After a long pause, she decided to throw him another bone. "You've got stuff I didn't, though. You've got people around you who will listen."

With a hopeful expression, he gazed up at her. "You think so?"

She rolled her eyes. "Are you or are you not dating a living saint?"

Snorting, he picked up his coffee cup and drained it in one go. "KP's going to freak when I tell her you called her that."

"Well... whatever," she said dismissively. "My point is: talk to her, you moron. She'll get it. Not like I do, but enough."

"I don't know..." But it was weak. He'd talk to Kimmy; it was only a matter of time. "Have you ever found anyone you could talk about... it with?"

She thought about Drew. About his evil' plans that seemed more about getting recognition than anything truly malicious. About the way he let her irritate him until she felt better, and how he seemed to understand the importance of... control.

They'd been talking about a lot of things lately. Uncharacteristic things.

Maybe this should be one of them.

"None of your beeswax, brat!" she snarled.

And the grin was back. "Oh, so is that how it is?"

A line of green plasma appeared around her pointer finger and she flicked it toward his empty cup. "Yeah," she said loftily. "That's how it is."

He brushed the ash off his undamaged hands. "You know, I could totally hook you up with a mad good-ninja connection if you were interested. I'm sure they'd like meeting you... as long as you didn't try to, um, steal anything of theirs."

Ten years ago, that would have been the offer of a lifetime. Even with the no-stealing edict.

But ten years ago, there was no homemade hot cocoa by her bedside or clumsy flower bouquets in her life. Somehow, ninjas, good or evil, didn't hold the appeal they used to.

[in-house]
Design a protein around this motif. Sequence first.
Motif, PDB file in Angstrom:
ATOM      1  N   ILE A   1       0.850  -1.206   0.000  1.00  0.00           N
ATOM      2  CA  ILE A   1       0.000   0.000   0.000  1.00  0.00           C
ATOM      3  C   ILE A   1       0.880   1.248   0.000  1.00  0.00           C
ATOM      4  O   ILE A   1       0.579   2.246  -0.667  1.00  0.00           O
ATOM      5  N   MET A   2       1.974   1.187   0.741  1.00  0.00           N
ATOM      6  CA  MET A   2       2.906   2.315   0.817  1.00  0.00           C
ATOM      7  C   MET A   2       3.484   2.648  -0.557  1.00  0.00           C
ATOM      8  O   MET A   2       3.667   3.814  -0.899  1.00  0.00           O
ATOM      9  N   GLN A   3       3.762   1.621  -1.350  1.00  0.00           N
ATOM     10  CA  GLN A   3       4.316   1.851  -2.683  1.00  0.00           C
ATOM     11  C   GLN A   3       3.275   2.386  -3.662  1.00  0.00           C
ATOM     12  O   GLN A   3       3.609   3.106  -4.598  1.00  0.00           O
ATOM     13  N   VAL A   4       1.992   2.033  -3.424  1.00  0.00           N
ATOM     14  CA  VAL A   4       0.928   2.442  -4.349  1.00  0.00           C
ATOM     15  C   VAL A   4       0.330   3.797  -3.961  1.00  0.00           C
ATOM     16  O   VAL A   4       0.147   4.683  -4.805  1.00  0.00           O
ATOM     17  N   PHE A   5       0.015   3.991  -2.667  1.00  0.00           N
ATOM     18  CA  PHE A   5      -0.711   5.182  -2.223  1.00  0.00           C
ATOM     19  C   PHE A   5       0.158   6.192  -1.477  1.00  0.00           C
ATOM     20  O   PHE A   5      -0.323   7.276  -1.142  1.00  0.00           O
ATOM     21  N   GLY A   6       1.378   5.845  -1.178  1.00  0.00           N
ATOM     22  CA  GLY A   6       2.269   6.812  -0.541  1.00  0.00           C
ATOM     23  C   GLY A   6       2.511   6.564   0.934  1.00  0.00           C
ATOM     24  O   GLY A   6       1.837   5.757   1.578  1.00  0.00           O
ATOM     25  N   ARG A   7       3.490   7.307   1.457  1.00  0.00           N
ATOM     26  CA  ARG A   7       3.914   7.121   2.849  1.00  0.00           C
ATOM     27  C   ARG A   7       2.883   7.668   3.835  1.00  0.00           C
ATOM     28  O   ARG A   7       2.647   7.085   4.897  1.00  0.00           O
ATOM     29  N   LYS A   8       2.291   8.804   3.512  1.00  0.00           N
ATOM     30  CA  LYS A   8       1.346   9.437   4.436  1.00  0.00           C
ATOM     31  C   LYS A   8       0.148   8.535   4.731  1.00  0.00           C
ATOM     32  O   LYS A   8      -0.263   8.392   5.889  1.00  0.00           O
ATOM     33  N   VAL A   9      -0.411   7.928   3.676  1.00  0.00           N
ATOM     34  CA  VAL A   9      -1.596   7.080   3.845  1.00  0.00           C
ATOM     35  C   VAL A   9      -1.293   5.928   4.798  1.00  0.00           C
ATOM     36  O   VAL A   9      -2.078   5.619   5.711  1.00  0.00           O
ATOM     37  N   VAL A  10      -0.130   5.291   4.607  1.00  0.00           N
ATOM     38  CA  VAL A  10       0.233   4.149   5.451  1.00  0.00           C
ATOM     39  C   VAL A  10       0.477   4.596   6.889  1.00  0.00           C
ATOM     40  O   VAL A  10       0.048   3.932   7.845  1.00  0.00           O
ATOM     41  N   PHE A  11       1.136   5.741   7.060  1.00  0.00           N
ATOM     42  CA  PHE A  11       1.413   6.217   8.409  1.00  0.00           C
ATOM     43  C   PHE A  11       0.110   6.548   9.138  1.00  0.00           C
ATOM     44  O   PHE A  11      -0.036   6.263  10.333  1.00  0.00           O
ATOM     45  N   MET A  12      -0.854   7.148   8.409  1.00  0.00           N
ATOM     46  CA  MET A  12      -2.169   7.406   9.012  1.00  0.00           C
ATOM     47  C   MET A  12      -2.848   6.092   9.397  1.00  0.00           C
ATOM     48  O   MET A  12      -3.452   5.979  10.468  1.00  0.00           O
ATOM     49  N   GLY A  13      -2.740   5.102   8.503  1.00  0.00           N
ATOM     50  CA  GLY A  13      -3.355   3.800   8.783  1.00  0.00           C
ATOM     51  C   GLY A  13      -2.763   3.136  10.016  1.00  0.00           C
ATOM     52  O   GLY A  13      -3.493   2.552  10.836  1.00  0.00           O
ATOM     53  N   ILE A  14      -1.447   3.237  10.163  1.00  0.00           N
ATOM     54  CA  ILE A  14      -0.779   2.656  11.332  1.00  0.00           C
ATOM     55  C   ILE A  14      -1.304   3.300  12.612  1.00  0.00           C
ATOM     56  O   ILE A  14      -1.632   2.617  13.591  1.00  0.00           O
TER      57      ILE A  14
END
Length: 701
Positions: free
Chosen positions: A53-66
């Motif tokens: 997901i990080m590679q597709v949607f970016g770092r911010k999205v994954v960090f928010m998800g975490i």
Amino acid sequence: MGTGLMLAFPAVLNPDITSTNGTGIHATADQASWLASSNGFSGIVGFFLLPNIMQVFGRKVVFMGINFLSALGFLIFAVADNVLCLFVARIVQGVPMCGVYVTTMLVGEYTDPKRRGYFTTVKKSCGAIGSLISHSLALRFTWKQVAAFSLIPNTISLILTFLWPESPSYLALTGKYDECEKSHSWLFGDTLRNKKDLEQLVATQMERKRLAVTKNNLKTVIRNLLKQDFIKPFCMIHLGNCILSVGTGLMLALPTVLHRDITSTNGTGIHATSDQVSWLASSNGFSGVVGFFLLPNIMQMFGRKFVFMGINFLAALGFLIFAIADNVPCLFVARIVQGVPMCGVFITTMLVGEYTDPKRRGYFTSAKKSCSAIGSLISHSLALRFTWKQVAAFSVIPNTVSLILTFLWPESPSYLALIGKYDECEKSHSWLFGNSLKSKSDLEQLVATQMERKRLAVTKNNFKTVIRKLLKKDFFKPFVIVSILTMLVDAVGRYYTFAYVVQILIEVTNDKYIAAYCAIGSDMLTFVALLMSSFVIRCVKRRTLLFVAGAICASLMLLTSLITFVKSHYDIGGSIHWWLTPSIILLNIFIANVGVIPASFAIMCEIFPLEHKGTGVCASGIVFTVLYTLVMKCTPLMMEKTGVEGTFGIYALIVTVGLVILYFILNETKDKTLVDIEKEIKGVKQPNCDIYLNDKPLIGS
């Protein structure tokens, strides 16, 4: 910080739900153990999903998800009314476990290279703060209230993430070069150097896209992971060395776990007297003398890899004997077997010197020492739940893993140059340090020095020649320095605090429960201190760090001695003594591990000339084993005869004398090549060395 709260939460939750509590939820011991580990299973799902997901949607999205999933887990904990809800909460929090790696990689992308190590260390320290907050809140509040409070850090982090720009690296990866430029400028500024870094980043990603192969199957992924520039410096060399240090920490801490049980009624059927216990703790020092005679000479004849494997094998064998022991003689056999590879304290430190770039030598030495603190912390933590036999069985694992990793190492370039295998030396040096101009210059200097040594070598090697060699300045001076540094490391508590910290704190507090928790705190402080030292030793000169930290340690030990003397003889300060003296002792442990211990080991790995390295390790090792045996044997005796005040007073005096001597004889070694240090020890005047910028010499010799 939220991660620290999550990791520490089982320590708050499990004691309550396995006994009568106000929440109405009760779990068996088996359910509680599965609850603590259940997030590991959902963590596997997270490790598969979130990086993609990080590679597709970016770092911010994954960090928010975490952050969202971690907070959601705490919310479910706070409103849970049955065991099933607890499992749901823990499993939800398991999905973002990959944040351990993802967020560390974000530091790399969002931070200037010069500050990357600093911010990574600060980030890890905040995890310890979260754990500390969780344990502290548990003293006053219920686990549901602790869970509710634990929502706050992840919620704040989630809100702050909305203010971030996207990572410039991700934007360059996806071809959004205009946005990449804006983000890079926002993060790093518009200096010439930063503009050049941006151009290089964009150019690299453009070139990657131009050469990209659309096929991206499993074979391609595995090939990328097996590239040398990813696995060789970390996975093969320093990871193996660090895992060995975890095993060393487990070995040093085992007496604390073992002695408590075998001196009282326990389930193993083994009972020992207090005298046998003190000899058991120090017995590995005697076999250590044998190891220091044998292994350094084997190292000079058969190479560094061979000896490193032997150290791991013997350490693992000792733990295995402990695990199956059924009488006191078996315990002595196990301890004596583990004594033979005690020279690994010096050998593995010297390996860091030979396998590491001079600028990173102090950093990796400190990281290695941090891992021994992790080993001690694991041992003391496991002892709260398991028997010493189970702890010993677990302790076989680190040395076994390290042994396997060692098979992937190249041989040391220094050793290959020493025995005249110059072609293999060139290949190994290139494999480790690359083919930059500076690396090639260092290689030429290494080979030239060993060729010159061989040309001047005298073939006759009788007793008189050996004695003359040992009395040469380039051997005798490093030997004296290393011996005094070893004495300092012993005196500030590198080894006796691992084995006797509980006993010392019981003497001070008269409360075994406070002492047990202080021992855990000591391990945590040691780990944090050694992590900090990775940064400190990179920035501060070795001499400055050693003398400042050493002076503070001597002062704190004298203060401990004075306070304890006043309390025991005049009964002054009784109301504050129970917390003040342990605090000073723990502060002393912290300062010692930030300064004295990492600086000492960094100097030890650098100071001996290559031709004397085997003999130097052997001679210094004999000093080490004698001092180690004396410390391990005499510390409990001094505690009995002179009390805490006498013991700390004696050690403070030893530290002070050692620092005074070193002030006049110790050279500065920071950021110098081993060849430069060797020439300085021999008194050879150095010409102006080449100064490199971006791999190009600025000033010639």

"I think I'm good," she said, standing up and stretching for good measure. "But on that charming note..."

"Yeah," he agreed, standing in kind. "So... I guess I should say thanks for meeting with me. You, um, you've given me a lot to think about, Shego."

You have, too. "No problem, sport. That's why I get paid the big bucks." But he just looked so earnestly, dopily happy that she relented. "You're welcome, Stoppable. Ron."

He spread his arms wide. "Tell me you're feeling the hug-moment, too."

"Just because I don't want to hurt people doesn't mean I won't if there's no other way," she threatened, putting a palm against his chest and giving him a gentle shove.

"Aww... hug denied." But his eyes sparkled with humor.

"Don't you have someone else to pester?"

Whistling, he shoved his hands in his pockets and made his way to the door. "I'll tell KP you asked about her."

She blinked and was abruptly enveloped in a bear hug that smelled disturbingly like teenage boy. "Thanks, Shego," Stoppable whispered as he pressed soft lips to her cheek.

And before it even really registered, he was out the door, jumping up and down outside. "Who's got the mad ninja-hug skills?" he shouted so loudly she could hear him through the glass. "Booyah!"

With a rueful shake of the head, Shego collected their trash and made for the door herself. Sometimes, that kid was more trouble than he was worth.

But then again...

A smile tugged at her lips. Sometimes, he was exactly enough trouble.


A/N: A bit of a nod to the kid's-show aspect of the violence on Kim Possible. Somehow, I feel like it would make sense for someone like Shego, who could so obviously wipe the floor with Kim, to hold back for a specific reason. The D/S is almost canon, anyway, so I figured that would add a layer of interest. Shego calls him Drew because... well, it is his name. Think of it as another layer.